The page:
Nomura Trader on Trial for Lying About Bond Prices

(Bloomberg) — A former senior trader at Nomura Holdings Inc. lied to customers about bond prices to boost the bank’s profits and his own bonus, the SEC said in court.

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James Im, a Nomura managing director who headed trading in commercial mortgage-backed securities from 2009 to 2014, went on trial Wednesday in Manhattan. A 2017 Securities and Exchange Commission suit accused Im of misrepresenting prices to clients who sought to buy and sell CMBS on the secondary market.

“This case is about lies,” SEC lawyer Ladan Stewart said during opening statements. “Lies told by the defendant, James Im, a Wall Street trader. Lies he told repeatedly for many years. Lies he told to customers who expected him to be truthful.”

The regulator claims that Im and another trader, Kee Chan, who ran the CMBS desk with him from August 2009 to June 2012, pretended they were still negotiating with a third-party seller at higher prices when Nomura had already bought the bonds involved at a lower price. According to the SEC, their actions generated more than $750,000 in extra profits for the bank, which resulted in “substantial” bonuses, the SEC said.

Taking the Stand

Im is scheduled to take the stand in his own defense. Other witnesses expected to testify include Nomura compliance officer Nadine Cancell and Jonathan Raiff, one of Im’s former managers. Traders at other firms who bought and sold bonds with Im may also take the stand.

Nomura agreed to repay customers $25 million in July 2019 to resolve claims that it failed to supervise traders who made false statements while negotiating sales of mortgage securities. Chan agreed to pay more than $200,000 in penalties and to be barred from the industry in order to resolve the claims in 2017, without admitting or denying the conduct.

Im and Chan were among the last traders targeted by regulators in a US crackdown on questionable methods used by traders in asset-backed securities following the 2008 financial crisis. More than 20 traders were dismissed from their jobs or placed on leave during the US investigation and at least eight, including four from Nomura, were criminally charged, although prosecutors had difficulty getting convictions to stick.

Many Wall Street firms changed policies in response to the probes. Nomura outlawed lying to customers following the January 2013 arrest of ex-Jefferies Financial Group Inc. trader Jesse Litvak, the first person charged in the crackdown.

Like other traders accused of lying to customers about the prices of asset-backed securities, Im admits that he misrepresented prices in some transactions — but argues that the firm’s customers are sophisticated investors who rely on complex models to value bonds and don’t take trader’s statements at face value.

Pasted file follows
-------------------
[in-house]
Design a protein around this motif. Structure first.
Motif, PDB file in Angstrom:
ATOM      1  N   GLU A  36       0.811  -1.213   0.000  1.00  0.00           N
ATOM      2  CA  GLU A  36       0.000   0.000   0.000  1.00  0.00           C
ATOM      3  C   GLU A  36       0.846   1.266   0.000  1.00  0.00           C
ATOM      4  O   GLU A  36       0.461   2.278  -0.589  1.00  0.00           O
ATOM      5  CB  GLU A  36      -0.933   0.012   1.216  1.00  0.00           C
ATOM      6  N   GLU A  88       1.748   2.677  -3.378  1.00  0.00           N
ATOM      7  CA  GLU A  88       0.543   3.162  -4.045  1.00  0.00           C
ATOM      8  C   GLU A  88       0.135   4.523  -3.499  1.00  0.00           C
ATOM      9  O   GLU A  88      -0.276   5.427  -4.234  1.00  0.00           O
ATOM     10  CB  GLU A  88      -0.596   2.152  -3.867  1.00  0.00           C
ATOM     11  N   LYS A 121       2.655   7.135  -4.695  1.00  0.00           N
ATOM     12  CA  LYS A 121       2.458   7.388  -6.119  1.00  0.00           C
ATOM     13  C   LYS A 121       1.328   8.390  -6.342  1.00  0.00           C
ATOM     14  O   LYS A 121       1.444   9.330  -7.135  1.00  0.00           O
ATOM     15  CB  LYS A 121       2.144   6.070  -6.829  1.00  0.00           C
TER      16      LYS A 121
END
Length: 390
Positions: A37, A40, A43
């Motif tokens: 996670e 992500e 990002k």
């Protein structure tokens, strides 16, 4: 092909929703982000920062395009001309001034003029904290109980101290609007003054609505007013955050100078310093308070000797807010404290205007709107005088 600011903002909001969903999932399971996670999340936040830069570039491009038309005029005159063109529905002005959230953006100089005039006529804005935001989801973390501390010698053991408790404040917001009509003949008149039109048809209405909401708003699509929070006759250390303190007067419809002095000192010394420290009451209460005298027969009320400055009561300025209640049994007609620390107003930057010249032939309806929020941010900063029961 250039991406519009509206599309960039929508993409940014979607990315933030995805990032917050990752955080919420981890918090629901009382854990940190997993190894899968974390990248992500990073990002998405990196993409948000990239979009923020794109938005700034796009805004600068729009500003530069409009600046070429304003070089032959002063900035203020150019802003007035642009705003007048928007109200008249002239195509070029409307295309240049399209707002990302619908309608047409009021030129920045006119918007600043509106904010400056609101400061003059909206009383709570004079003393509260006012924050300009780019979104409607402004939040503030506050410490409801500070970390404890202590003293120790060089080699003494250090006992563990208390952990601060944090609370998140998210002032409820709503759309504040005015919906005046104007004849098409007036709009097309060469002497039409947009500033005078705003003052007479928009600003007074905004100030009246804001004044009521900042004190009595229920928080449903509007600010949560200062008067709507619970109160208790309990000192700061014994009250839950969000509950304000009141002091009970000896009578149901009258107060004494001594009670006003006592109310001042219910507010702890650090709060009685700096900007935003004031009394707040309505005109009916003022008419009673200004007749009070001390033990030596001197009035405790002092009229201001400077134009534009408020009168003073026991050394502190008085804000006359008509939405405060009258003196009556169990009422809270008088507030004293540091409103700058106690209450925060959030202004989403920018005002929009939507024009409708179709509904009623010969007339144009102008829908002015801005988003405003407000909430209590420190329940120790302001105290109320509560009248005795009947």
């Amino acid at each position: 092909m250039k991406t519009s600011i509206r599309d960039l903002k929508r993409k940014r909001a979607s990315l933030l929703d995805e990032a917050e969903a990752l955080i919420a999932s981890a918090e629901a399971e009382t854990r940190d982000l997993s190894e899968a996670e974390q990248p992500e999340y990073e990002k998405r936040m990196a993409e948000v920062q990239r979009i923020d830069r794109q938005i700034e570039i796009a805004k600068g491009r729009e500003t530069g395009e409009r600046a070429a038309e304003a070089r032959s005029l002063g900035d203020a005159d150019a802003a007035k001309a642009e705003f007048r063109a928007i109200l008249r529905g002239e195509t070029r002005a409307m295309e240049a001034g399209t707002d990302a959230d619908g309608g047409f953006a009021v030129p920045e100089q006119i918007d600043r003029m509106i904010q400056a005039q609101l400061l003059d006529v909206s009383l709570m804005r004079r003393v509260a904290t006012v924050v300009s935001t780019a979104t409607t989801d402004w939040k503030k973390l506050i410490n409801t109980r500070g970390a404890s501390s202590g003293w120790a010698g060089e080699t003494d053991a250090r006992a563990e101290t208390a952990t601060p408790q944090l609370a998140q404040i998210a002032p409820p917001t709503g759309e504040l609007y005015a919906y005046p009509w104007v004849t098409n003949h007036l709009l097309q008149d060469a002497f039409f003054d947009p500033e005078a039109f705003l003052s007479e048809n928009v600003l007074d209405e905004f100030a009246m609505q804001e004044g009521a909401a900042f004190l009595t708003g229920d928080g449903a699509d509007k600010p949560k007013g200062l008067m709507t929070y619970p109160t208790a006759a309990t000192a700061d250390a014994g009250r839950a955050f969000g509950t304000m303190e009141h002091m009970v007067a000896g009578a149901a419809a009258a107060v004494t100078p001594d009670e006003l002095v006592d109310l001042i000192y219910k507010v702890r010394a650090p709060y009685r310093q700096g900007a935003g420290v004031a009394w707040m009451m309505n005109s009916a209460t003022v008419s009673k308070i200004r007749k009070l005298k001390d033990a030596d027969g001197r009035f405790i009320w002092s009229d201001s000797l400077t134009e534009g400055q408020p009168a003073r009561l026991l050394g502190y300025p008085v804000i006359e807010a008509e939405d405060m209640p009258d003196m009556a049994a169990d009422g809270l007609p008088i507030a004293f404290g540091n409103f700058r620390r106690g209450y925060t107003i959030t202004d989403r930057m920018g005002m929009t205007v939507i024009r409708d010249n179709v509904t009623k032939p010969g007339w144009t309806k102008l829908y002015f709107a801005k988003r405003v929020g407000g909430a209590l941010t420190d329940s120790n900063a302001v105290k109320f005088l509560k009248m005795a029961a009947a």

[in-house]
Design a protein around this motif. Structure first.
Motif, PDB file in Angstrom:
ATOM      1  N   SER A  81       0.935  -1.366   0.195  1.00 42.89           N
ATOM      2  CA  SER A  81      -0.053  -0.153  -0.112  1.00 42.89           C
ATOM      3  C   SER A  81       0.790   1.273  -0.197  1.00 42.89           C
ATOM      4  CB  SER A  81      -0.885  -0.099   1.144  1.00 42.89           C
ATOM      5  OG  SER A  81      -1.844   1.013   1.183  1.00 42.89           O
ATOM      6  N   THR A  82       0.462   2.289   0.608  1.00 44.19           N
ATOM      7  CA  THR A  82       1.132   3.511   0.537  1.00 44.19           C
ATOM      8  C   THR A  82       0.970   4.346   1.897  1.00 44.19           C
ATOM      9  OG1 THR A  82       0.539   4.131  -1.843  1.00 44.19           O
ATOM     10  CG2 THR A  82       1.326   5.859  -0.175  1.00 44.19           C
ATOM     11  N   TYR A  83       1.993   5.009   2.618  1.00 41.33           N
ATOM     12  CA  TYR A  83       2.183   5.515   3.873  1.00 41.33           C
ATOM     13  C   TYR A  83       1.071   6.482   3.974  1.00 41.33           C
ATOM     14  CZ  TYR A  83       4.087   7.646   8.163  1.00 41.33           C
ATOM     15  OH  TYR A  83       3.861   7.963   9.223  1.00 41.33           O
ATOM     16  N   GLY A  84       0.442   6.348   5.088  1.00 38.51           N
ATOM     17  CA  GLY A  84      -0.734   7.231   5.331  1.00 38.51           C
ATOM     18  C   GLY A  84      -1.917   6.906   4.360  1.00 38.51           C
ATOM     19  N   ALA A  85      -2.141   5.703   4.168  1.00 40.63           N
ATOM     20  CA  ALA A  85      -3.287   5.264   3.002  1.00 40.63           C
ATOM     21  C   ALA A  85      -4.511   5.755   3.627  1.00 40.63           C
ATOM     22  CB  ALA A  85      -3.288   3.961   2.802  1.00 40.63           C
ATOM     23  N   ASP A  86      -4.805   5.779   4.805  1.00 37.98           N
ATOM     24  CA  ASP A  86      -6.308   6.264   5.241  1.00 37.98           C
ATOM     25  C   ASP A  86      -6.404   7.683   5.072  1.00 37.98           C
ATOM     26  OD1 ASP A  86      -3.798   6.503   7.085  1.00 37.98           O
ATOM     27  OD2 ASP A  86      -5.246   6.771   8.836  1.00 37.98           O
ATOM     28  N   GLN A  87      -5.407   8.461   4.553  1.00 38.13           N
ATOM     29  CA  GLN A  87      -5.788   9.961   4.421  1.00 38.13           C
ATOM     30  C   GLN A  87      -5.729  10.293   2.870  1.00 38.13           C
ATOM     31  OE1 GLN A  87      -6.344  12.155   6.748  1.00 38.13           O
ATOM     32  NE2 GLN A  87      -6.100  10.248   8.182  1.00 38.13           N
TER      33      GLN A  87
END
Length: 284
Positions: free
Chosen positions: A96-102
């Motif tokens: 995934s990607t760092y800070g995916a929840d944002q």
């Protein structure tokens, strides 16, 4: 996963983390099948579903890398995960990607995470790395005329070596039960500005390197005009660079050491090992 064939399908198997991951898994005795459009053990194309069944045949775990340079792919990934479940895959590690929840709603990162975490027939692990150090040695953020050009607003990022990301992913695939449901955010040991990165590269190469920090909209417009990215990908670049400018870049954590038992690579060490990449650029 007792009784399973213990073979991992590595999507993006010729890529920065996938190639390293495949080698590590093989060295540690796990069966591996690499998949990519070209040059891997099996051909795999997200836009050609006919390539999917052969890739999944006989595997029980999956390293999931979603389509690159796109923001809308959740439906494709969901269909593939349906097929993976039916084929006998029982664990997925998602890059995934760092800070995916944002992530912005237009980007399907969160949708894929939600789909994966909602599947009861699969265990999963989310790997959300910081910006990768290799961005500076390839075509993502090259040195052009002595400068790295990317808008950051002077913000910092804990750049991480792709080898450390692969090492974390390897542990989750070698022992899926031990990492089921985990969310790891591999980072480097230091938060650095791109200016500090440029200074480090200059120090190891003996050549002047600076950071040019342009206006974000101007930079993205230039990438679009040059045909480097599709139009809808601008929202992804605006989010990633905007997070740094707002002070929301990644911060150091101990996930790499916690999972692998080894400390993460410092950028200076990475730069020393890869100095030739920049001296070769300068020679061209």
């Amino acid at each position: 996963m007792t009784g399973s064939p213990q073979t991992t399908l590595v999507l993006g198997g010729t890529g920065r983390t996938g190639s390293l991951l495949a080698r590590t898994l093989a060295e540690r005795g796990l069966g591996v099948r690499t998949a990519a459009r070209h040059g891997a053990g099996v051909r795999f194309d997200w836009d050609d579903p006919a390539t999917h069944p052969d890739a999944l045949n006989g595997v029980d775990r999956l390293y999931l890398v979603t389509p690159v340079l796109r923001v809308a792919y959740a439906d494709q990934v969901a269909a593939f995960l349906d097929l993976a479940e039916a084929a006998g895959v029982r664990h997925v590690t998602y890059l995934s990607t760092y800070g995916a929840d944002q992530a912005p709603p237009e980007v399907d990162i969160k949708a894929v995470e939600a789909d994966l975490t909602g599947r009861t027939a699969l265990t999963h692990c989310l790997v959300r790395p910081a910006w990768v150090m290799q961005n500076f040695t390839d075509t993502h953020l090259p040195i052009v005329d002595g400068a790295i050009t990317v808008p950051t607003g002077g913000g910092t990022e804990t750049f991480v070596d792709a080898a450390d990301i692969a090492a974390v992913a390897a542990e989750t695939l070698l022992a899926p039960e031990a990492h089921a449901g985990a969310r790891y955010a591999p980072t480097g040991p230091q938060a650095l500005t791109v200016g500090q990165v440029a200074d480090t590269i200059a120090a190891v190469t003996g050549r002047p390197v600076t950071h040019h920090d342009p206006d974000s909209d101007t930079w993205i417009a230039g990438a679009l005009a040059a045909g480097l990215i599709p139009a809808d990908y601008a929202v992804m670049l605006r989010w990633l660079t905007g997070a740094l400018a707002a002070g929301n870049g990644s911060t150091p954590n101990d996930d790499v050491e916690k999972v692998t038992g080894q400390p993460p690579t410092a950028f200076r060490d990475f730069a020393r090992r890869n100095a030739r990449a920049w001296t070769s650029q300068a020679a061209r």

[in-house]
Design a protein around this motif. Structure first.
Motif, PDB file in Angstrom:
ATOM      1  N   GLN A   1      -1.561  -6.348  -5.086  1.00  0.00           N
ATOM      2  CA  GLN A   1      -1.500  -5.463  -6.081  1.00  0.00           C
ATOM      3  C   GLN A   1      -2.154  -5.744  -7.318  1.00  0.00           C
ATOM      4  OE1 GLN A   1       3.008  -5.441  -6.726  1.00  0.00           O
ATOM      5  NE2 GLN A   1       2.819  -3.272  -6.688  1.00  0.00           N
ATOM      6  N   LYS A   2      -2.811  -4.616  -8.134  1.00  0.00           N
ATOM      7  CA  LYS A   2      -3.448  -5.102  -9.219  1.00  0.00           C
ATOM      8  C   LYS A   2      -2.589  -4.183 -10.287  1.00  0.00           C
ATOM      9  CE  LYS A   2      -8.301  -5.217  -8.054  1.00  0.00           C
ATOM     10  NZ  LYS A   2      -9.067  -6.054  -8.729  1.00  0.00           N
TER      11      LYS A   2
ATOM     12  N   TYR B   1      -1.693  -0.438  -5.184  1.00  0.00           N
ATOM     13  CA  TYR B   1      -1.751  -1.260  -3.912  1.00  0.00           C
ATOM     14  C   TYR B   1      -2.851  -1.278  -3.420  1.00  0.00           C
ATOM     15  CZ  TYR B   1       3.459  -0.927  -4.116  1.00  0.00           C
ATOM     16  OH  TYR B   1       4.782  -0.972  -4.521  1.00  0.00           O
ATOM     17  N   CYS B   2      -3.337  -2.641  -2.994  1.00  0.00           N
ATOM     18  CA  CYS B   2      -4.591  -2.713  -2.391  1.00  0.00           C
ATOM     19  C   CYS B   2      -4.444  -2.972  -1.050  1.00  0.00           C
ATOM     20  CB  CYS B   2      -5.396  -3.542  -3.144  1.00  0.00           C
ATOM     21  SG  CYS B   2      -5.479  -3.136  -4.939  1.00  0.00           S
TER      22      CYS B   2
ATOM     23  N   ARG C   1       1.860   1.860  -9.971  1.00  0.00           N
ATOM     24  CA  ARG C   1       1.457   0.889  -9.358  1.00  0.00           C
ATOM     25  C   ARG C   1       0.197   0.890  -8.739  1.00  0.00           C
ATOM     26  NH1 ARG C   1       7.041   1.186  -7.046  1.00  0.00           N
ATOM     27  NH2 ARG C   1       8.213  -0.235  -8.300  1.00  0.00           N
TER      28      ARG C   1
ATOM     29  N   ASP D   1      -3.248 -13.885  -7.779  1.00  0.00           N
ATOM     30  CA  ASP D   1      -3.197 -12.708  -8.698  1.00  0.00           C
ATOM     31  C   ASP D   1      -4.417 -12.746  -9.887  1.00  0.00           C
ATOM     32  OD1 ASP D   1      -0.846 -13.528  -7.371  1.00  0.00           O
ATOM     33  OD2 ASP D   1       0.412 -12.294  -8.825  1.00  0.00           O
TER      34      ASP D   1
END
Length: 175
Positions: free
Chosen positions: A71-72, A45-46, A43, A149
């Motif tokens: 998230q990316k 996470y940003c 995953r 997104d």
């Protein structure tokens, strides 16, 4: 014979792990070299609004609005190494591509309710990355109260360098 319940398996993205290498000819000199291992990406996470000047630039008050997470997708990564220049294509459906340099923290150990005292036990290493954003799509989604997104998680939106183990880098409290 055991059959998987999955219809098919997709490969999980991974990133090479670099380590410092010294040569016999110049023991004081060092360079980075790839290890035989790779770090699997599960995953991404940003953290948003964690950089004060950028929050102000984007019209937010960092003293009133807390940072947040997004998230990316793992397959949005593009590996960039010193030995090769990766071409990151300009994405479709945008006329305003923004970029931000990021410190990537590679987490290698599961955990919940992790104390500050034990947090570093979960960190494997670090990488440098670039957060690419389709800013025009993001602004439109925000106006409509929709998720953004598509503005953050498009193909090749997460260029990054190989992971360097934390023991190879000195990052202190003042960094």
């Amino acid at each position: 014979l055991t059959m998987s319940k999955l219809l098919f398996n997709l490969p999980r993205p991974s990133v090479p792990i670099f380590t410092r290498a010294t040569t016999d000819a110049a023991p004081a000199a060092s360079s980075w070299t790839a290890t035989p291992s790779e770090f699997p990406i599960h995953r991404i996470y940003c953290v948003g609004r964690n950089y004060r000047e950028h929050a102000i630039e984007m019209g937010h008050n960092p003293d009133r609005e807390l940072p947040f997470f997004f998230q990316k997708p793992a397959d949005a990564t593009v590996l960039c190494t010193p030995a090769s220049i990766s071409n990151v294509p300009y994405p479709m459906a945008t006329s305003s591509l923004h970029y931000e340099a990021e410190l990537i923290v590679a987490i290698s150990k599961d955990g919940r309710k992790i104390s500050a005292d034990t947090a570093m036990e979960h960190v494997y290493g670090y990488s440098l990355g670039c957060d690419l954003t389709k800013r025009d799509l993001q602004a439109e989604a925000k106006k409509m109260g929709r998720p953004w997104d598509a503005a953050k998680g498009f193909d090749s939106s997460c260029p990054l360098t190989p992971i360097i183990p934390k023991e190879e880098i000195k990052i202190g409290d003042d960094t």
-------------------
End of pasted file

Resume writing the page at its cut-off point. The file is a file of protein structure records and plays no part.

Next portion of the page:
Michael Martinez, a lawyer for Im, repeated that theme in opening defense statements on Wednesdays, calling Nomura clients among “the most sophisticated investors in the world” and said Im’s lies had “zero impact” on their buying and selling decisions.

“The investors will tell you that dealers didn’t always tell the truth,” Martinez said. “They sometimes lied. And they took their statements with a grain of salt.”

In a June 2012 trade highlighted by the SEC, Im bragged about inducing a client to increase a bid, earning an additional $12,500 profit for his desk, and boasted to the original seller of the debt that he scored the extra profit:

Im: i told him i bot at 78-8 actually

Im: sshhhhh

Im: 🙂

Seller: ha

Seller: nice one

The SEC said Im continued to misrepresent bond prices even after the 2013 indictment of another trader prompted Nomura to warn its employees against lying.

Litvak was convicted in 2014 but granted a new trial on appeal. He was convicted again in 2017 and released two years in prison, but after seven months when the second conviction was also thrown out — on the same day a jury acquitted former Cantor Fitzgerald LP managing director David Demos of similar charges. Prosecutors decided not to retry Litvak a third time.

Im’s trial, which is being held before US District Judge J. Paul Oetken in Manhattan, is expected to last five to 10 days. The SEC is seeking to force Im to disgorge his alleged gains and pay an unspecified monetary penalty. Im made $3.79 million in discretionary bonuses during the period when the agency says the activity occurred.

The case is Securities and Exchange Commission v Im, 17-cv-3613, US District Court, Southern District of New York.

(Corrects spelling of Michael Martinez’s name in 10th paragraph.)

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